Reconstruction Advances Mean More Choose Mastectomy, Surgeon Says

A study by a Massachusetts cancer center shows more diagnosed breast cancer patients age 40 or younger are opting for mastectomy. Dr. Andrew Smith, one of the top plastic surgeons in Orange County, says better reconstruction options may be a factor.

Irvine, California (June 2013) — As surgical techniques advance, the landscape of breast reconstruction is shifting, according to one of the most renowned plastic surgeons in Orange County, Dr. Andrew Smith (http://www.asmithmd.com/).

Recent research shows more women at younger ages are opting for mastectomies, either because of a breast cancer diagnosis or as a preventive measure when they are at a heightened risk for cancer. Actress Angelina Jolie recently drew the public eye when she chose a preventive procedure and reconstruction and wrote about it for The New York Times.

Dr. Smith, who serves many Orange County breast cancer and reconstruction patients, says this trend has a lot to do with how many excellent options now exist for reconstruction that weren’t available in the past.

“Angelina Jolie realized what a lot of women are realizing now, that there are so many surgeries out there that can produce beautiful results,” Dr. Smith says. “Her public announcement will probably drive even more women to find out about their options.”

With Jolie’s decision, she joined a growing group of women in the United States who have undergone a mastectomy or double mastectomy, in which both breasts are removed. A study conducted by the Dana Farber Cancer Institute in Massachusetts and presented in early June concluded that the tide has shifted for younger breast cancer patients to mastectomy instead of lumpectomy, a less-invasive procedure that removes only some breast tissue.

“Previous generations of women usually chose lumpectomy because it leaves more breast tissue behind,” Dr. Smith says. “It also leaves more risk for cancer, though. Today’s reconstruction procedures are so good that fewer and fewer women are willing to take that risk of just having the lumpectomy.”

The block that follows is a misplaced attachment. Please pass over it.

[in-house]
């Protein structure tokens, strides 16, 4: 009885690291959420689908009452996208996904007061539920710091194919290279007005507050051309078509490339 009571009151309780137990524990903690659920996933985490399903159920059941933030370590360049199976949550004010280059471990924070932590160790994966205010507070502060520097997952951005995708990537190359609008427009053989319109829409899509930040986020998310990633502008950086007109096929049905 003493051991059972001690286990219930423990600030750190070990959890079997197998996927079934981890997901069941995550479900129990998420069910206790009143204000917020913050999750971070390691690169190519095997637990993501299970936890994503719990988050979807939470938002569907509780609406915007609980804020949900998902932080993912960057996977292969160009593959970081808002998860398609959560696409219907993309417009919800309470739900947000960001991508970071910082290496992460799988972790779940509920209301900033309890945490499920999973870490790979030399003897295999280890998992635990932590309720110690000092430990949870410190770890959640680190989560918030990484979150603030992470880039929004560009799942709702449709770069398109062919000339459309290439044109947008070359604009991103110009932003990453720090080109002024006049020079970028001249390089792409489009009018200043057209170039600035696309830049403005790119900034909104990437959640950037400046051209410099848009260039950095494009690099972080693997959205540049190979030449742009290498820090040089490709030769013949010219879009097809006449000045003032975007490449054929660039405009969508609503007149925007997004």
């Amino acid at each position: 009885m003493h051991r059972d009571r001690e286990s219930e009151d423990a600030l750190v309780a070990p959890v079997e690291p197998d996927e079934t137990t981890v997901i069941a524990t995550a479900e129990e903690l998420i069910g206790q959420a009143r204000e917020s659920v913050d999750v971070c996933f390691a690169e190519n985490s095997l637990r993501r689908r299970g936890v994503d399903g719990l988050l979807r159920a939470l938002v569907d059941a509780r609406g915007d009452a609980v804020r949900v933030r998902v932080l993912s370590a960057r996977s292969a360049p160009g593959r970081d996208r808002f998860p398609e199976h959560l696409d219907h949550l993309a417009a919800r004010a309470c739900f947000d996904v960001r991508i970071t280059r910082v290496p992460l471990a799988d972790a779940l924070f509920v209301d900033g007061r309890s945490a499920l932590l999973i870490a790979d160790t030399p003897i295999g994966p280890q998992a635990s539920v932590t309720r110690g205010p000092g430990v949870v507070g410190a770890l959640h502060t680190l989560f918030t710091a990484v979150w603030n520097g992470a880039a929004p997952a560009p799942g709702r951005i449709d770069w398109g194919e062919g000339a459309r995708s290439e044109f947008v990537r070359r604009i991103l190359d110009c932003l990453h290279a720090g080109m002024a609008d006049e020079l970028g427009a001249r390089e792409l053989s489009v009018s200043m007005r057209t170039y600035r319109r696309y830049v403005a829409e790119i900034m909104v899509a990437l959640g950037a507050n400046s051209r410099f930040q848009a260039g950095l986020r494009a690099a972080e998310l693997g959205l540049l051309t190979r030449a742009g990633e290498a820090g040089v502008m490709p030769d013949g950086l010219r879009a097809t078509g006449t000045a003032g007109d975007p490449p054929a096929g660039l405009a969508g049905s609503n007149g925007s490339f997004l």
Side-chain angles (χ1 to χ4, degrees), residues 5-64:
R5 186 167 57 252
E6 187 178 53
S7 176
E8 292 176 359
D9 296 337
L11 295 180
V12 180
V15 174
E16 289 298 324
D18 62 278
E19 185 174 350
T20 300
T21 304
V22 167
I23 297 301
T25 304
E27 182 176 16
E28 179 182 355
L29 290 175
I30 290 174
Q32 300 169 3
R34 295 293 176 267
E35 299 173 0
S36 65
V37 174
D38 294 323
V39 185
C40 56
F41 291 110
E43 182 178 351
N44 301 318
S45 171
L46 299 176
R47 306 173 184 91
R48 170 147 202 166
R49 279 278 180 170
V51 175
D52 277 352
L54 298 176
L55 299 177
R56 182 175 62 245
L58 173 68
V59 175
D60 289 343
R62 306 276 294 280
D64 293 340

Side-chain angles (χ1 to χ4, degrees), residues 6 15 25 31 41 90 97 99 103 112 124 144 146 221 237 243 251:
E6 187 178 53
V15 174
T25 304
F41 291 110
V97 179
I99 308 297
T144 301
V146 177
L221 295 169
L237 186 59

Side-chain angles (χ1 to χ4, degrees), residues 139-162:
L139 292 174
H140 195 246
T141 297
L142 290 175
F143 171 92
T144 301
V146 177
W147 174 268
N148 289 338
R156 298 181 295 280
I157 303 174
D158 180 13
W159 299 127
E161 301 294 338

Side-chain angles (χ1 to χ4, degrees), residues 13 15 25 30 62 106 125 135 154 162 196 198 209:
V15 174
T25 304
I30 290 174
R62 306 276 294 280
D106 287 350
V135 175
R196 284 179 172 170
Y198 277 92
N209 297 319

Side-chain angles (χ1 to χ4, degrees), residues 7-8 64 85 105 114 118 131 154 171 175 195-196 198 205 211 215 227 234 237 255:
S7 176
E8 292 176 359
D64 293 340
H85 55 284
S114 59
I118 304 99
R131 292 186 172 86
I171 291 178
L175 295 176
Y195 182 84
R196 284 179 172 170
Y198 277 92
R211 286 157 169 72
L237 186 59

The study, which looked at cancer patients age 40 or younger, also indicated that women’s concerns about body image were not much of a factor in their decision to have mastectomy. Dr. Smith says this is partially because reconstruction results are consistently beautiful.

At his practice in Irvine, he offers many of the top breast reconstruction surgery options, including the procedure Jolie had, which used tissue expanders. These are inserted into the chest just after mastectomy and are gradually filled with fluid over the course of several weeks, encouraging the growth of breast tissue and skin. Implants replace the expanders in a subsequent surgery.

Other options include a direct-to-implant procedure, in which a surgeon inserts breast implants immediately after the mastectomy. This is a good choice for some, particularly those who are left with adequate breast skin following the mastectomy. Many women also choose flap procedures, in which a section of skin and muscle is taken from elsewhere on the body, such as the abdomen or buttocks, and used to rebuild the breasts without an implant.

“Women should research all the options and talk to a plastic surgeon if they are at risk for breast cancer or have been diagnosed,” Dr. Smith says. “Understanding all the amazing reconstruction options can be an important part of the decision-making process.”

If you are interested in learning more about your breast reconstruction options, request a consultation online or call his office at (949) 653-7000.

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